UNDER PIANO SKIES
Under Piano Skies, Mathieu Karsenti’s latest release, is the result of serendipity and the accidental musical meeting of the French composer and pianist Marie Awadis, during the realisation of the virtual collaborative project Haruki — a compilation in honour of the Japanese writer and author Haruki Murakami. As with most of Karsenti’s solo releases, Under Piano Skies is an EP composed of four pieces, all revolving under a central theme; for this particular project meteorological phenomenons and lexicons. Subjects which leans themselves well to musical creativity.
While made of and conceived through many of Karsenti’s usual musical intentions — simplicity, layer-ism, abstraction, contemplation and meditation — Under Piano Skies represents a compositional shift, and challenge for the composer as it is his first release for piano solo. A first for a composer who is accustomed to music for strings…
Indeed, a move away from Karsenti’s sustained melodies, it is an opportunity for him to adapt and translate his creative ideas to an instrument which steers away from them and which can only access these ideas through clever composing techniques — such as the use of the sustain pedal and creative silent composing.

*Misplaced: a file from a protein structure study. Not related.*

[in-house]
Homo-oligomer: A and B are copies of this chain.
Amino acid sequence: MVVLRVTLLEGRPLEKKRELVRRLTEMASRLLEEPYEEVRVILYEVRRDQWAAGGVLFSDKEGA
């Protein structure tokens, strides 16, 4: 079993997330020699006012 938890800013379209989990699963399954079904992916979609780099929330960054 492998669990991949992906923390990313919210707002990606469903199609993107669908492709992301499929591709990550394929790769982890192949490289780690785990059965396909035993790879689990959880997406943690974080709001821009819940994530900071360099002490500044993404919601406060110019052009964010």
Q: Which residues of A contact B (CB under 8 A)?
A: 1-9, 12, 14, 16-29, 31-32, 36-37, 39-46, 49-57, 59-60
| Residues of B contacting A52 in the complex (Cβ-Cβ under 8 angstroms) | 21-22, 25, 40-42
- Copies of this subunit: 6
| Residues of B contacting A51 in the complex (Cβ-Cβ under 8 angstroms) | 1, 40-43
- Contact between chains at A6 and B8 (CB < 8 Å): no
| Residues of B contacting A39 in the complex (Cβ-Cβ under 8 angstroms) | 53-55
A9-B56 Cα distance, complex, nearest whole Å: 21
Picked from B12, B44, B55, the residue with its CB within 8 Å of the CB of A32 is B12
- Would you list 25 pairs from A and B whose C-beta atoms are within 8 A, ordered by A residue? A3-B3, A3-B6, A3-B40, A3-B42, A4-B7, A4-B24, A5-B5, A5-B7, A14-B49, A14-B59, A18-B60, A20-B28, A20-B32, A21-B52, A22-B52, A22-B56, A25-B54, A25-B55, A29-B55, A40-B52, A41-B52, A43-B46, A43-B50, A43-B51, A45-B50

One can hear it in the writing, Karsenti tries to make each musical idea last a song as possible, creating a sense of flotation for an instrument which is naturally percussive.
The performance and interpretation of Awadis is in perfect harmony, and the Armenian pianist is well at ease with the creativity of Karsenti and uses very little additional and extra-instrumental techniques to convey the composer’s written ideas.
It is suggestive music; both in its intentions — Karsenti descends from the idealistic school of French impressionism, and his music always carries an element of abstract suggestive music — and in its realisation — rather than focusing on harmony, Karsenti explores melodic motifs, suggesting chords and counterpoint.
Karsenti is also a graphic artist, and the more his music evolves, the more the parallelisms between his visual art and his compositions are brought forward and become apparent.
Under Piano Skies continues where the last project — Exchanges — ended, and going away from strongly contrapuntal music to something more paced and elongated. At least, this is how the listener initially perceives it. Yet, when one does pay more attention to it, there is a subtle and well-conceived line which ties all of Karsenti’s projects together.